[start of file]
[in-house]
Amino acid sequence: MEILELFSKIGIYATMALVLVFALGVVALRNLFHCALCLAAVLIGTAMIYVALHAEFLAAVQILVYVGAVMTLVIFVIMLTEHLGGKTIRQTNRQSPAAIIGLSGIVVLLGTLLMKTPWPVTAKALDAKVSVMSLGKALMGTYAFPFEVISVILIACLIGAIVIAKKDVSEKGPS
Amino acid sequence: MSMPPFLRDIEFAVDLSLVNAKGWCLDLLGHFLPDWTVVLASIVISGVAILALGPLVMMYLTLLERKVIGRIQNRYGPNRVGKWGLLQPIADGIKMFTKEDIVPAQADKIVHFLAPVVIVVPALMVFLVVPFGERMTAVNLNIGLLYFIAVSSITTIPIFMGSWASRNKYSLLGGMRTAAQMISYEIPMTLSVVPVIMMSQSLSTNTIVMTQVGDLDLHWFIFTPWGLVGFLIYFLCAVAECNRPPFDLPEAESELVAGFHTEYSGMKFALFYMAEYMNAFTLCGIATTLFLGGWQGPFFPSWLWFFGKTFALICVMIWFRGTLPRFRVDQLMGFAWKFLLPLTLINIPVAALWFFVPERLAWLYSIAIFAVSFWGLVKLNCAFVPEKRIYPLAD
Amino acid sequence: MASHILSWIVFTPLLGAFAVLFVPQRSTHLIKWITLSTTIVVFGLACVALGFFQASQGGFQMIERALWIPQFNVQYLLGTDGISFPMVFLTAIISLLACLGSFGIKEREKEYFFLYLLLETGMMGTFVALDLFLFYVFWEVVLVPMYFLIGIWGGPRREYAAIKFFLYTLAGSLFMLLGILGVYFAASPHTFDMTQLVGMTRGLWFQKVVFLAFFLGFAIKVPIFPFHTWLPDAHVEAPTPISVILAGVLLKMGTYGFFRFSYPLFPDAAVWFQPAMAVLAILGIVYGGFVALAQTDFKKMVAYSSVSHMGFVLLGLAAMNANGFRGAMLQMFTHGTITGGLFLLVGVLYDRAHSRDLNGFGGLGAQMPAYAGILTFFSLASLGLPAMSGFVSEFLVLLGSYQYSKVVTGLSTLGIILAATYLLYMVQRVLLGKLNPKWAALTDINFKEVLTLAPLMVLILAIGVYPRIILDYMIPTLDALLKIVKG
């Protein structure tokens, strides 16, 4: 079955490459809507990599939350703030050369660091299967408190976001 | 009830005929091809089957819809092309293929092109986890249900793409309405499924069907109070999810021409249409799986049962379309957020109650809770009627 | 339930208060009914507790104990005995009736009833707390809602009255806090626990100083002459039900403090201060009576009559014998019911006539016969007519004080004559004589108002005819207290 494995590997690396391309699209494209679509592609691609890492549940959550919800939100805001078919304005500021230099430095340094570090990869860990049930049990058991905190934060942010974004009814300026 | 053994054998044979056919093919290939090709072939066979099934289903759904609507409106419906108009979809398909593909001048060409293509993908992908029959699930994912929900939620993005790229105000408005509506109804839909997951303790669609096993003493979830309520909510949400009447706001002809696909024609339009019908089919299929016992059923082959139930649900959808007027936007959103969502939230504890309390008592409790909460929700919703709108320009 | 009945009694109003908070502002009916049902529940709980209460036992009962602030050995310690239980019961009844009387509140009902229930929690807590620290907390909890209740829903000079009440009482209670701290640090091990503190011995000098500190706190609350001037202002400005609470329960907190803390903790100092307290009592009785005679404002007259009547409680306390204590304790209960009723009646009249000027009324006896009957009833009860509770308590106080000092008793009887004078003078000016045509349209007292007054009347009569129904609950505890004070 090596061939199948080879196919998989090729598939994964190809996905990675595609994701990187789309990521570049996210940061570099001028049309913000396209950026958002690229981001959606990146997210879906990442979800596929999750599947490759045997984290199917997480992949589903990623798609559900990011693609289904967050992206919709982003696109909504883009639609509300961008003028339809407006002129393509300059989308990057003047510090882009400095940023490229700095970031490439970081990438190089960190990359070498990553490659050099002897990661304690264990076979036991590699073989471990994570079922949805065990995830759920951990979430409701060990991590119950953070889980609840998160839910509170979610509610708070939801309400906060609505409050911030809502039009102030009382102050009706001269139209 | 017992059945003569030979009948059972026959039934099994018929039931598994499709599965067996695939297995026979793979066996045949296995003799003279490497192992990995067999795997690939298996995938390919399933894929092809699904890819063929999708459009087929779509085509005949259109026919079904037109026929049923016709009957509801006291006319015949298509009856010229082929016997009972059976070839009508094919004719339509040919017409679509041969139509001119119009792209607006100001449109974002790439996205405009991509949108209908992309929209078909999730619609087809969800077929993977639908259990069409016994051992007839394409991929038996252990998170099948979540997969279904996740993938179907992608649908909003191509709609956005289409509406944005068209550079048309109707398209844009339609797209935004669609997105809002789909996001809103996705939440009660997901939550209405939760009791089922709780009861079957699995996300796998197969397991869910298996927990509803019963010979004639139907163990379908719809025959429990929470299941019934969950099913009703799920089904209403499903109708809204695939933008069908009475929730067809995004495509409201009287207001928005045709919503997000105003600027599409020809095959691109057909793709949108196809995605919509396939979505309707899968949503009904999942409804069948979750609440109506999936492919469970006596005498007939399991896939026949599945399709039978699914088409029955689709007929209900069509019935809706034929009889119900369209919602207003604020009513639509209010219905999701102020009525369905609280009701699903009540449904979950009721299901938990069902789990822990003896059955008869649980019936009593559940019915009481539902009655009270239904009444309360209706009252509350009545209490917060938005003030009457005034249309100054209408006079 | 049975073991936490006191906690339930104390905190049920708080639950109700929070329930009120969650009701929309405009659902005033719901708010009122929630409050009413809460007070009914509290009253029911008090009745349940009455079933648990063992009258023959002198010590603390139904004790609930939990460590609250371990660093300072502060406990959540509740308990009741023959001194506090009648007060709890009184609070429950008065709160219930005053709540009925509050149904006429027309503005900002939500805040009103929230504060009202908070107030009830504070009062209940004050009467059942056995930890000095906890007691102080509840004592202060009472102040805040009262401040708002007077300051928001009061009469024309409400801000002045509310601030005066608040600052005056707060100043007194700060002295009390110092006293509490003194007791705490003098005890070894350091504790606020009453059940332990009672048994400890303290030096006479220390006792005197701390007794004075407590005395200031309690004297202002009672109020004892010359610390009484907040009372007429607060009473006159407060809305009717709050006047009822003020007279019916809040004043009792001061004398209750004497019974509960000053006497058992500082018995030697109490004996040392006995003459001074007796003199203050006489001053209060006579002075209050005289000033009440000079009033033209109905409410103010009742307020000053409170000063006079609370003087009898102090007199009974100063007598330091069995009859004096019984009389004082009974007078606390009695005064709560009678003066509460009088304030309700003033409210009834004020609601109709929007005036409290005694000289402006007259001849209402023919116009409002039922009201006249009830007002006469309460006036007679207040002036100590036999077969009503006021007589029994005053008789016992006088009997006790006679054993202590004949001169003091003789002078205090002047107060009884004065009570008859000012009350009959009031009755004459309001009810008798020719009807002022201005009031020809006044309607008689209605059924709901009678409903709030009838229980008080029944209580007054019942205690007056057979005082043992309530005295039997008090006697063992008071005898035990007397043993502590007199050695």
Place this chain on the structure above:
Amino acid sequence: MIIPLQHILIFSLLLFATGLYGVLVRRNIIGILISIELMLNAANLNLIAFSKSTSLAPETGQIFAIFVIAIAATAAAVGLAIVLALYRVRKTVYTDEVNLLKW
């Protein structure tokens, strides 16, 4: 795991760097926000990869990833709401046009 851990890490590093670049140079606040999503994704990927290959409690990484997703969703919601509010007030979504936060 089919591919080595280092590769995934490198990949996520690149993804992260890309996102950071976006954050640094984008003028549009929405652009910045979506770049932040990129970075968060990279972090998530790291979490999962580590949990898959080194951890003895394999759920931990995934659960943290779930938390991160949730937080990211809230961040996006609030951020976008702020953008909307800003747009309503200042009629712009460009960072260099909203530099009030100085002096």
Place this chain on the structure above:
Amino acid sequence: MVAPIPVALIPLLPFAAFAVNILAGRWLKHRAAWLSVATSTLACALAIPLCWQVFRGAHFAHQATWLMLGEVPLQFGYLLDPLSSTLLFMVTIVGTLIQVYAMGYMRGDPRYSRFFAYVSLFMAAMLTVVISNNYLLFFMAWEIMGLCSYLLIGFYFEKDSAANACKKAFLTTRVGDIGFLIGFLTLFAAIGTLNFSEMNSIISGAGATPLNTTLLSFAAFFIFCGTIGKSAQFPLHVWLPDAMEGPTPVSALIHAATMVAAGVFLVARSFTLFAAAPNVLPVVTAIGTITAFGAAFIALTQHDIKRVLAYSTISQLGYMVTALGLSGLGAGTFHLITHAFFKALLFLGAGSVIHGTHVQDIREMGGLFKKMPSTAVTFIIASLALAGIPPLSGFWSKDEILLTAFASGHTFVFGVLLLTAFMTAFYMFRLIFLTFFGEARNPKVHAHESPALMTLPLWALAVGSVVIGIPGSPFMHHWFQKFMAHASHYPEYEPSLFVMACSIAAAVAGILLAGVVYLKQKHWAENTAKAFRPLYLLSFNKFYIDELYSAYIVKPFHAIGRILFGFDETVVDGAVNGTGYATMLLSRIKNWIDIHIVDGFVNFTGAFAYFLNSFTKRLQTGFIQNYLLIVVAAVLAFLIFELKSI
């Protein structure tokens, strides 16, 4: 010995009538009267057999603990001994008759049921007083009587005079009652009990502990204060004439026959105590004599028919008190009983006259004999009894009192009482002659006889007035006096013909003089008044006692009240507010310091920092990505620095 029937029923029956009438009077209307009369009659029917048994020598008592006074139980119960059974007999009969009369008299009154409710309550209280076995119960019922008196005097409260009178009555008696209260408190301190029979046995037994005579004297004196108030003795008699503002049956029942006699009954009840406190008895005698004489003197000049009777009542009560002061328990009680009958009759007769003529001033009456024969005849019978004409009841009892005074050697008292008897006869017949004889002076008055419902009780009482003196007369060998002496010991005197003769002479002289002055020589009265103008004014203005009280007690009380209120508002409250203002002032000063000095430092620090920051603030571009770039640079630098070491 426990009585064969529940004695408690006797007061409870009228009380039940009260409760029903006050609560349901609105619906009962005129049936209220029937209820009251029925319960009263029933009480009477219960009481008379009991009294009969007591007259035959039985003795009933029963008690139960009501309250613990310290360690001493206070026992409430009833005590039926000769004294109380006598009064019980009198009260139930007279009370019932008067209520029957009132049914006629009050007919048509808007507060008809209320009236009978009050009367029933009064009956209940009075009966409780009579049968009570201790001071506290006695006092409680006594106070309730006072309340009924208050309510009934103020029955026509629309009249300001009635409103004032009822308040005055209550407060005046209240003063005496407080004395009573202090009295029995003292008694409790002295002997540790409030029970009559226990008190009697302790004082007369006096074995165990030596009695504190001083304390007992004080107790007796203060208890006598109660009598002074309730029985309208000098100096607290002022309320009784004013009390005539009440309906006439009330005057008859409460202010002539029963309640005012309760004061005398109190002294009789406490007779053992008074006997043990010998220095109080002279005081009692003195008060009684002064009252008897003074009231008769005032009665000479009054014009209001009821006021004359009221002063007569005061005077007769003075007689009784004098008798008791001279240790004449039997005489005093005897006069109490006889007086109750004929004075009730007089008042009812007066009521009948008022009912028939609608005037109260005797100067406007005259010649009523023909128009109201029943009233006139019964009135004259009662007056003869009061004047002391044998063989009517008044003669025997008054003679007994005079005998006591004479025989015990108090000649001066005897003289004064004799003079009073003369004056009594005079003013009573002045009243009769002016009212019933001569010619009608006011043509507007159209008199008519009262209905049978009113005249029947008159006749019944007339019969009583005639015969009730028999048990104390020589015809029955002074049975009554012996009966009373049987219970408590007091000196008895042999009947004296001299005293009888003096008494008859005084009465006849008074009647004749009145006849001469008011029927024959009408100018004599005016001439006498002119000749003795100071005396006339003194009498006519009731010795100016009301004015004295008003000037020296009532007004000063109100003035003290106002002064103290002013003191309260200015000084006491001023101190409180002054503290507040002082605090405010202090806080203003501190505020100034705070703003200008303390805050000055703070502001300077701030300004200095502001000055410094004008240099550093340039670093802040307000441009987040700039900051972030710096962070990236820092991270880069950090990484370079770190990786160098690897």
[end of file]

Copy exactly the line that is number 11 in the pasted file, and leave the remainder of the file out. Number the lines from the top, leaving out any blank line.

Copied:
């Protein structure tokens, strides 16, 4: 010995009538009267057999603990001994008759049921007083009587005079009652009990502990204060004439026959105590004599028919008190009983006259004999009894009192009482002659006889007035006096013909003089008044006692009240507010310091920092990505620095 029937029923029956009438009077209307009369009659029917048994020598008592006074139980119960059974007999009969009369008299009154409710309550209280076995119960019922008196005097409260009178009555008696209260408190301190029979046995037994005579004297004196108030003795008699503002049956029942006699009954009840406190008895005698004489003197000049009777009542009560002061328990009680009958009759007769003529001033009456024969005849019978004409009841009892005074050697008292008897006869017949004889002076008055419902009780009482003196007369060998002496010991005197003769002479002289002055020589009265103008004014203005009280007690009380209120508002409250203002002032000063000095430092620090920051603030571009770039640079630098070491 426990009585064969529940004695408690006797007061409870009228009380039940009260409760029903006050609560349901609105619906009962005129049936209220029937209820009251029925319960009263029933009480009477219960009481008379009991009294009969007591007259035959039985003795009933029963008690139960009501309250613990310290360690001493206070026992409430009833005590039926000769004294109380006598009064019980009198009260139930007279009370019932008067209520029957009132049914006629009050007919048509808007507060008809209320009236009978009050009367029933009064009956209940009075009966409780009579049968009570201790001071506290006695006092409680006594106070309730006072309340009924208050309510009934103020029955026509629309009249300001009635409103004032009822308040005055209550407060005046209240003063005496407080004395009573202090009295029995003292008694409790002295002997540790409030029970009559226990008190009697302790004082007369006096074995165990030596009695504190001083304390007992004080107790007796203060208890006598109660009598002074309730029985309208000098100096607290002022309320009784004013009390005539009440309906006439009330005057008859409460202010002539029963309640005012309760004061005398109190002294009789406490007779053992008074006997043990010998220095109080002279005081009692003195008060009684002064009252008897003074009231008769005032009665000479009054014009209001009821006021004359009221002063007569005061005077007769003075007689009784004098008798008791001279240790004449039997005489005093005897006069109490006889007086109750004929004075009730007089008042009812007066009521009948008022009912028939609608005037109260005797100067406007005259010649009523023909128009109201029943009233006139019964009135004259009662007056003869009061004047002391044998063989009517008044003669025997008054003679007994005079005998006591004479025989015990108090000649001066005897003289004064004799003079009073003369004056009594005079003013009573002045009243009769002016009212019933001569010619009608006011043509507007159209008199008519009262209905049978009113005249029947008159006749019944007339019969009583005639015969009730028999048990104390020589015809029955002074049975009554012996009966009373049987219970408590007091000196008895042999009947004296001299005293009888003096008494008859005084009465006849008074009647004749009145006849001469008011029927024959009408100018004599005016001439006498002119000749003795100071005396006339003194009498006519009731010795100016009301004015004295008003000037020296009532007004000063109100003035003290106002002064103290002013003191309260200015000084006491001023101190409180002054503290507040002082605090405010202090806080203003501190505020100034705070703003200008303390805050000055703070502001300077701030300004200095502001000055410094004008240099550093340039670093802040307000441009987040700039900051972030710096962070990236820092991270880069950090990484370079770190990786160098690897």